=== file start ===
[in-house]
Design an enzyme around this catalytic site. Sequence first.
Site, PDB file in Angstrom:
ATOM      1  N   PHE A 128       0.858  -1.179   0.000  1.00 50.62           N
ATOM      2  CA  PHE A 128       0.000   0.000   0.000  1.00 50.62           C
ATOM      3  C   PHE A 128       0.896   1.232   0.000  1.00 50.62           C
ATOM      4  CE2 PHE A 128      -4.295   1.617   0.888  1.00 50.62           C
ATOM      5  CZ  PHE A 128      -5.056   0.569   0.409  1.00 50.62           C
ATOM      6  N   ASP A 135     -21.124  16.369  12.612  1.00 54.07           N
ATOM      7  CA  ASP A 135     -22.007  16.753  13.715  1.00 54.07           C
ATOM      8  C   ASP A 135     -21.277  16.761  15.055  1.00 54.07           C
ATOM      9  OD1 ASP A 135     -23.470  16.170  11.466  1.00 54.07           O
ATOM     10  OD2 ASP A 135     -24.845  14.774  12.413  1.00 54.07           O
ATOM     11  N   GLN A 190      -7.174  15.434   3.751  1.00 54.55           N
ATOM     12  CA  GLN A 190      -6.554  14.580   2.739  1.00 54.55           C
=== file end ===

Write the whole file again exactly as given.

[in-house]
Design an enzyme around this catalytic site. Sequence first.
Site, PDB file in Angstrom:
ATOM      1  N   PHE A 128       0.858  -1.179   0.000  1.00 50.62           N
ATOM      2  CA  PHE A 128       0.000   0.000   0.000  1.00 50.62           C
ATOM      3  C   PHE A 128       0.896   1.232   0.000  1.00 50.62           C
ATOM      4  CE2 PHE A 128      -4.295   1.617   0.888  1.00 50.62           C
ATOM      5  CZ  PHE A 128      -5.056   0.569   0.409  1.00 50.62           C
ATOM      6  N   ASP A 135     -21.124  16.369  12.612  1.00 54.07           N
ATOM      7  CA  ASP A 135     -22.007  16.753  13.715  1.00 54.07           C
ATOM      8  C   ASP A 135     -21.277  16.761  15.055  1.00 54.07           C
ATOM      9  OD1 ASP A 135     -23.470  16.170  11.466  1.00 54.07           O
ATOM     10  OD2 ASP A 135     -24.845  14.774  12.413  1.00 54.07           O
ATOM     11  N   GLN A 190      -7.174  15.434   3.751  1.00 54.55           N
ATOM     12  CA  GLN A 190      -6.554  14.580   2.739  1.00 54.55           C